The cast was still uneven, but less so. Tenor Patrick Miller wasn’t up to the vocal demands of Don Ottavio’s “Il mio tesoro,” his only major aria in the version of Don Giovanni Pearlman has consistently used — the original one Mozart composed for Prague, in 1787, before he replaced “Il mio tesoro” with a slightly easier aria and before he added the great “Mi tradí” for Donna Elvira.
Nathan Berg was back, but this time as Don Giovanni himself. Soprano Nicolle Foland, who sang the title role in Gluck’s Alceste under Pearlman in 2005, was by far the best of his Donna Annas, singing this difficult role with technical brilliance and cool (almost too cool) ease. Amy Burton was more sympathetic as Elvira than she was as Zerlina in 1997. Bass-baritone Mark Schnaible delighted the audience as Leporello, though his shticks were a little calculated. Heidi Stober sang a solid Zerlina, though she missed the character’s simple peasant heart; as her outmaneuvered fiancé, Masetto, baritone Anton Belov was feistier than most. Resonant bass Gustav Andreassen walked away with the vocal honors as the imposing Commendatore, who’s killed by Don Giovanni before his statue-come-to-life brings his killer down to Hell.
LA CLEMENZA DI TITO: Opera seria without a dull moment.
Don Giovanni is far more complex than Agrippina. Although Helfrich expertly moved his singers around the cramped Jordan Hall stage, and it was chilling to hear the chorus of demons erupting from the back of the auditorium, he worked more for easy, cynical laughs than for moral ambiguity. Most of the characters seemed unlikable and selfish. Anna was a cold fish, Zerlina a golddigger eager to drop her new husband for the promise of money and position (though she sings about how torn she is). Don Giovanni wasn’t Mozart’s aristocratic duelist who reluctantly kills the father of the woman he’s been trying to seduce; ignoring Mozart’s slashing swordplay music, Helfrich had him stab the Commendatore with a switchblade after the old man had dropped his sword. And at the end of act one, Helfrich had Don G put a pistol to Donna Anna’s head, holding her hostage in order to escape his pursuers. Modern-dress productions of Mozart have become as traditional as traditional versions, but this willful, trendy misreading of Mozart’s characters is a kind of coarseness to which Peter Sellars — a role model for finding witty contemporary counterparts — never stooped. Berg gave a vivid, compelling performance, and he sang with stylish panache; but Helfrich’s misconception of the role all but obliterated the mysterious sympathy Mozart and his scintillating librettist, Lorenzo da Ponte, wanted you to feel.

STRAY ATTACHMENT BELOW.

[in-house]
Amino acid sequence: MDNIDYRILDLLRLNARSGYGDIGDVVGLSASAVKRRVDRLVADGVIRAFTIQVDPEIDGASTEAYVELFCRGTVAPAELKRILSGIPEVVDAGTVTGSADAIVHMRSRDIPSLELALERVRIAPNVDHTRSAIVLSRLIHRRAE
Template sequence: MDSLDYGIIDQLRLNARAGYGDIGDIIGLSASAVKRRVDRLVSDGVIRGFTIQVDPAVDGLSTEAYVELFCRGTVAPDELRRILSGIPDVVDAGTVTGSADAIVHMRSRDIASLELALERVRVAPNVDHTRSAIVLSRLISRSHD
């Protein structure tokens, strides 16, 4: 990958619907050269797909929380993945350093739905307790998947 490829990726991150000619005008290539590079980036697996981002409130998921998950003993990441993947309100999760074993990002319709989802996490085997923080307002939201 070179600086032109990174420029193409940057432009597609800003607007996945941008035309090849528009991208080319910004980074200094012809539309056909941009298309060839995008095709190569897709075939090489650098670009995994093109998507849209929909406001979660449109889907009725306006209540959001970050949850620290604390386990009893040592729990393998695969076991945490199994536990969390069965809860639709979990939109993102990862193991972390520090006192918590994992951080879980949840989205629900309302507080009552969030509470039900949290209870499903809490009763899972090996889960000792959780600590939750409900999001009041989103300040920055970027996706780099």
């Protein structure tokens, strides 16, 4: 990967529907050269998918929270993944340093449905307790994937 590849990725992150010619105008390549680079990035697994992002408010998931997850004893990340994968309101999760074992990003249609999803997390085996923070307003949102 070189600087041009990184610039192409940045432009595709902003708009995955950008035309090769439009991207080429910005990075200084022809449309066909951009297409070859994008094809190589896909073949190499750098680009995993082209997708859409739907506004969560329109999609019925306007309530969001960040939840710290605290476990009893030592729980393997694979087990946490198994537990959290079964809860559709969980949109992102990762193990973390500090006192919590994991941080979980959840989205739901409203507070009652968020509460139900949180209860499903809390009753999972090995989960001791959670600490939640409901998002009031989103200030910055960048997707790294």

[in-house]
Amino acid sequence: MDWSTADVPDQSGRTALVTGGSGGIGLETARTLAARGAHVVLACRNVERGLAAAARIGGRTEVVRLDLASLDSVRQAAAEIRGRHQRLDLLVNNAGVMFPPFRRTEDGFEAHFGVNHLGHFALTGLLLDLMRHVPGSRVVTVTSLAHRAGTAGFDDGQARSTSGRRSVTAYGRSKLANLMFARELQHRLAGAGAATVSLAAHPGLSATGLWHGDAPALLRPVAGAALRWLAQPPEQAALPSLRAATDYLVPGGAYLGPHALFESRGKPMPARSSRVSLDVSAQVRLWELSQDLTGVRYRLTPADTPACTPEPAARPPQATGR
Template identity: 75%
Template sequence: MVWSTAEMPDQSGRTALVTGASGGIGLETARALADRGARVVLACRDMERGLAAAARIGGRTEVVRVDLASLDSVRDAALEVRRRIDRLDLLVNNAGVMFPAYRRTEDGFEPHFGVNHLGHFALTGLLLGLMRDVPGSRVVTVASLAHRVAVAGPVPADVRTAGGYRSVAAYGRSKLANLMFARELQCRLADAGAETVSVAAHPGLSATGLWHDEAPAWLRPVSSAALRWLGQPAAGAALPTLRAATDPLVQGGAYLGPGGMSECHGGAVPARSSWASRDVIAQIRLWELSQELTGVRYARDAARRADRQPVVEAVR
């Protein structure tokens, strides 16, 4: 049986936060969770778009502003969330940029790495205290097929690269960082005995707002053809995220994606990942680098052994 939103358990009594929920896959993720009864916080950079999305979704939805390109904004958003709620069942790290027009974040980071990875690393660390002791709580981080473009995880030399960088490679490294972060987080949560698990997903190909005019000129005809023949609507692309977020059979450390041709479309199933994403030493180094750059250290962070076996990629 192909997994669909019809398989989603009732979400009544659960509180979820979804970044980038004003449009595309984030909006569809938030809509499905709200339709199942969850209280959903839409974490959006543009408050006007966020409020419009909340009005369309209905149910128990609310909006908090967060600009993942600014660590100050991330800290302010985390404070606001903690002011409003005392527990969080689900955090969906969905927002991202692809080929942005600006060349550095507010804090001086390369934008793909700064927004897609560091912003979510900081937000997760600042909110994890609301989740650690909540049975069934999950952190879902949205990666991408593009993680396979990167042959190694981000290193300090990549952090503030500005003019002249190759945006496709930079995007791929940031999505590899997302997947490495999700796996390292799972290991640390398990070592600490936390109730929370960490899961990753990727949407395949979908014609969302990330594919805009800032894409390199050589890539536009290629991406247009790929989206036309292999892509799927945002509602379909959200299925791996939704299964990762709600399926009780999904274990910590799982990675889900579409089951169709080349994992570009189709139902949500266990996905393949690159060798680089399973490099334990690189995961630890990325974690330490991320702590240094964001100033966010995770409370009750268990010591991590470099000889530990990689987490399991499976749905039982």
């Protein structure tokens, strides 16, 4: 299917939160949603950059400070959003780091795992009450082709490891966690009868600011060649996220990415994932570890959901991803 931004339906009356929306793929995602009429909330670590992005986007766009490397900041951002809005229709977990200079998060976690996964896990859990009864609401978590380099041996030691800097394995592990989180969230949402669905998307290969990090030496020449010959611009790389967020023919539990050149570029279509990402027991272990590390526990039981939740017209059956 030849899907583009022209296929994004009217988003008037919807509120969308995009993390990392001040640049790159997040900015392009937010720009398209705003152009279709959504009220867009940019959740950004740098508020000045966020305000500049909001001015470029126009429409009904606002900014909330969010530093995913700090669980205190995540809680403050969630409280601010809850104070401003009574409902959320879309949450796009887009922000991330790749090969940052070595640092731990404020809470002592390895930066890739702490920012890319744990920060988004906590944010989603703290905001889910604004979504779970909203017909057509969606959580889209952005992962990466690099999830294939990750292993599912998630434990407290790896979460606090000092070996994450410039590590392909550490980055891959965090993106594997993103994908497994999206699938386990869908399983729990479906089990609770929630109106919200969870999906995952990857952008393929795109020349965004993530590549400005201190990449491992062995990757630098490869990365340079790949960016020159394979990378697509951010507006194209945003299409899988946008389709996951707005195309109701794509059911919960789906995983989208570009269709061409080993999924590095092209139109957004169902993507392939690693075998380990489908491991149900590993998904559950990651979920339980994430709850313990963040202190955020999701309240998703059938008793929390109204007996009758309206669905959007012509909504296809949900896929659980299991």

: Music Features
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